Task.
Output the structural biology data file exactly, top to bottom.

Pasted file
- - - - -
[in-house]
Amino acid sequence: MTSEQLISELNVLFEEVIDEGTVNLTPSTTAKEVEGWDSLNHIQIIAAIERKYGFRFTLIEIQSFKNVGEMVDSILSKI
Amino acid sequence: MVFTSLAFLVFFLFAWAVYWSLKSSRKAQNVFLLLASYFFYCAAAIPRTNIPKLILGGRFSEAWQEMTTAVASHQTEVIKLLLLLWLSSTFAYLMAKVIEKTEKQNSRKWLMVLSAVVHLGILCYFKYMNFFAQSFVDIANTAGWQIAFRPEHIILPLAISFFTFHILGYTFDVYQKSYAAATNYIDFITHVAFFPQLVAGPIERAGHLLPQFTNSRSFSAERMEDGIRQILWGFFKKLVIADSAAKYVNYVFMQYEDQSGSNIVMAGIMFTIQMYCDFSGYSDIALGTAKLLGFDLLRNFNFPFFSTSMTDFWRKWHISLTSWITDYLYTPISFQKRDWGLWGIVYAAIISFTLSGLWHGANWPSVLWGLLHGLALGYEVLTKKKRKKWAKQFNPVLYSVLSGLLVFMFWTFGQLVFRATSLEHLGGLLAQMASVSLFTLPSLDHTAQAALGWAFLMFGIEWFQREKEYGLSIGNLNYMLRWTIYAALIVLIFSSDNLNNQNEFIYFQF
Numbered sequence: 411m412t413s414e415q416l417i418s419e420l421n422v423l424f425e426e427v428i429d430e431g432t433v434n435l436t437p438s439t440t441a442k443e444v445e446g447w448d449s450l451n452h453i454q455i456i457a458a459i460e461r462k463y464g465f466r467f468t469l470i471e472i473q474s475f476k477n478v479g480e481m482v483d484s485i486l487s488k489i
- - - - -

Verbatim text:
[in-house]
Amino acid sequence: MTSEQLISELNVLFEEVIDEGTVNLTPSTTAKEVEGWDSLNHIQIIAAIERKYGFRFTLIEIQSFKNVGEMVDSILSKI
Amino acid sequence: MVFTSLAFLVFFLFAWAVYWSLKSSRKAQNVFLLLASYFFYCAAAIPRTNIPKLILGGRFSEAWQEMTTAVASHQTEVIKLLLLLWLSSTFAYLMAKVIEKTEKQNSRKWLMVLSAVVHLGILCYFKYMNFFAQSFVDIANTAGWQIAFRPEHIILPLAISFFTFHILGYTFDVYQKSYAAATNYIDFITHVAFFPQLVAGPIERAGHLLPQFTNSRSFSAERMEDGIRQILWGFFKKLVIADSAAKYVNYVFMQYEDQSGSNIVMAGIMFTIQMYCDFSGYSDIALGTAKLLGFDLLRNFNFPFFSTSMTDFWRKWHISLTSWITDYLYTPISFQKRDWGLWGIVYAAIISFTLSGLWHGANWPSVLWGLLHGLALGYEVLTKKKRKKWAKQFNPVLYSVLSGLLVFMFWTFGQLVFRATSLEHLGGLLAQMASVSLFTLPSLDHTAQAALGWAFLMFGIEWFQREKEYGLSIGNLNYMLRWTIYAALIVLIFSSDNLNNQNEFIYFQF
Numbered sequence: 411m412t413s414e415q416l417i418s419e420l421n422v423l424f425e426e427v428i429d430e431g432t433v434n435l436t437p438s439t440t441a442k443e444v445e446g447w448d449s450l451n452h453i454q455i456i457a458a459i460e461r462k463y464g465f466r467f468t469l470i471e472i473q474s475f476k477n478v479g480e481m482v483d484s485i486l487s488k489i